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Social Policy and Solidarity, Orphans of the New Model of Social Cohesion

Deena White
The Canadian Journal of Sociology / Cahiers canadiens de sociologie
Vol. 28, No. 1, Special Issue on Social Cohesion in Canada (Winter, 2003), pp. 51-76
DOI: 10.2307/3341875
Stable URL: http://www.jstor.org/stable/3341875
Page Count: 26
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Social Policy and Solidarity, Orphans of the New Model of Social Cohesion
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Abstract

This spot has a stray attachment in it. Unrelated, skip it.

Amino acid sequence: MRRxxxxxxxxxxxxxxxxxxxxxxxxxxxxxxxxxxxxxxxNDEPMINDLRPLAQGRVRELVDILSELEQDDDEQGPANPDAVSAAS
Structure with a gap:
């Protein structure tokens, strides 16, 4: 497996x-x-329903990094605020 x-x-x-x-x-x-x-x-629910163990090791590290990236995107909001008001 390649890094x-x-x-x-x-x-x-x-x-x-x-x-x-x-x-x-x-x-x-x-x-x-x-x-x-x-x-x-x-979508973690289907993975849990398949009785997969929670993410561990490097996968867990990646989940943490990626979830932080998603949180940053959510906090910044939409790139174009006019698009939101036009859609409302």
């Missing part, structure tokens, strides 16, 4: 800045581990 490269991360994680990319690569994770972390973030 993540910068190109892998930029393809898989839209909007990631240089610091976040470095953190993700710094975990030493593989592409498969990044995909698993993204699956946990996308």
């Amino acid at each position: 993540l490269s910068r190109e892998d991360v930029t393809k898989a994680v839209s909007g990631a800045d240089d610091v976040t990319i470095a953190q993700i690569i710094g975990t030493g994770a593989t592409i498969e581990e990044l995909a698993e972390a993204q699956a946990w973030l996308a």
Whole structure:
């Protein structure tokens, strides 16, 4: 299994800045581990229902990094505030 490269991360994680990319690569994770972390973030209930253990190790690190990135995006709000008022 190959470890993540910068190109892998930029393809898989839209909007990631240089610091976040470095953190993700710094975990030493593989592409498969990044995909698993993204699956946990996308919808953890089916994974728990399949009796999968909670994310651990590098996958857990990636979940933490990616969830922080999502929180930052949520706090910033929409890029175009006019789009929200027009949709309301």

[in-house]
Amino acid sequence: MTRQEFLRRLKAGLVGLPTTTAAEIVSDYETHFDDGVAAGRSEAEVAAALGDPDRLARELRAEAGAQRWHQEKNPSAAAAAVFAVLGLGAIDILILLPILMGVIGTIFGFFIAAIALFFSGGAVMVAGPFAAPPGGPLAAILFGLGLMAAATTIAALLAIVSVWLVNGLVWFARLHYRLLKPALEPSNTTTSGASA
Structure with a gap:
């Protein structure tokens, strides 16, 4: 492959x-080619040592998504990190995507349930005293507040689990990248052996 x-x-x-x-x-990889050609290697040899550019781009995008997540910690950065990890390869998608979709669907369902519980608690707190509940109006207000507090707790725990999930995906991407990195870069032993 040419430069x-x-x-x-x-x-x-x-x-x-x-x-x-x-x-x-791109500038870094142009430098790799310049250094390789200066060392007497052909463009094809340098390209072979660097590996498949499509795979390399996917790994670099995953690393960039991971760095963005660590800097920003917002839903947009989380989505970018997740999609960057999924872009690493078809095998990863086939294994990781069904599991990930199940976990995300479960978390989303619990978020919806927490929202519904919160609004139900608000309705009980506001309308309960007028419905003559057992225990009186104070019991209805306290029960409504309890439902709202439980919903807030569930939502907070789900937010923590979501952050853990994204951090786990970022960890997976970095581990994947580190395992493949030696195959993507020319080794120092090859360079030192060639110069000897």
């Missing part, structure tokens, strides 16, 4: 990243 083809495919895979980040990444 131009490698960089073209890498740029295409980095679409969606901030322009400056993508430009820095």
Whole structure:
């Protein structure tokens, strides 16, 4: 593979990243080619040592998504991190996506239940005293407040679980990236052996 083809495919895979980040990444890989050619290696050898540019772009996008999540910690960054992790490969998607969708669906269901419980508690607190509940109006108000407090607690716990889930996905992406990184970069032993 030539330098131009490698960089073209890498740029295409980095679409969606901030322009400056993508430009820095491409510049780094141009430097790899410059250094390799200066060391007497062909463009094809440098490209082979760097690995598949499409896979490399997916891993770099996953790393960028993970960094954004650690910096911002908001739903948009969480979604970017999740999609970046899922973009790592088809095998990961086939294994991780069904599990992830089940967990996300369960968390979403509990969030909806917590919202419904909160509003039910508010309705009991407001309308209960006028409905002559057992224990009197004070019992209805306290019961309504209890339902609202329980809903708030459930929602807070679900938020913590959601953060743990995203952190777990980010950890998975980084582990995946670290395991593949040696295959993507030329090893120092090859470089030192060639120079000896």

This article argues that social policies foster social cohesion through their direct contribution to a citizenship regime, referring to a stable set of civil, political and social rights, which together serve to constitute a society of equal citizens before the state. However, economic and policy transformations since the 1980's have eroded the social aspects of the Canadian citizenship regime. The government's Policy Research Initiative (PRI) has posited new grounds for social cohesion by shifting the sense of social citizenship away from its traditional association with social rights and grounding it instead in the actions and institutions of civil society. The article identifies an affinity between this model of social cohesion developed by the PRI, and the shifting policy orientation of the Canadian government, as exemplified by the direction of new social spending. Both social cohesion and citizenship are increasingly seen as "bottom-up" rather than "top-down" processes, while social policy is geared more to social regulation. /// Cet article propose que les politiques sociales engendrent la cohésion sociale par leur contribution directe au régime de citoyenneté, voulant dire un ensemble de droits civiles, politiques et sociales stable qui sert à constituer une société de citoyens égaux et de citoyennes égales devant l'État. Pourtant, des transformations économiques et politiques depuis les années 80 ont miné les aspects sociaux du régime de citoyenneté canadien. Actuellement, le Projet de recherche sur les politiques (PRP) du gouvernement fédéral propose de nouveaux fondements pour la cohésion sociale, mettant à l'écart les droits sociaux et misant plus sur les pratiques et les institutions de la société civile. Cet article fait ressortir l'affinité entre ce modèle de la cohésion sociale et les nouvelles orientations des politiques et dépenses sociales du gouvernement fédéral. Tandis que la cohésion sociale comme la citoyenneté sont dorénavant envisagées comme étant des processus provenant de la base plutôt que de l'État, les politiques sociales se penchent de plus en plus vers la régulation sociale.

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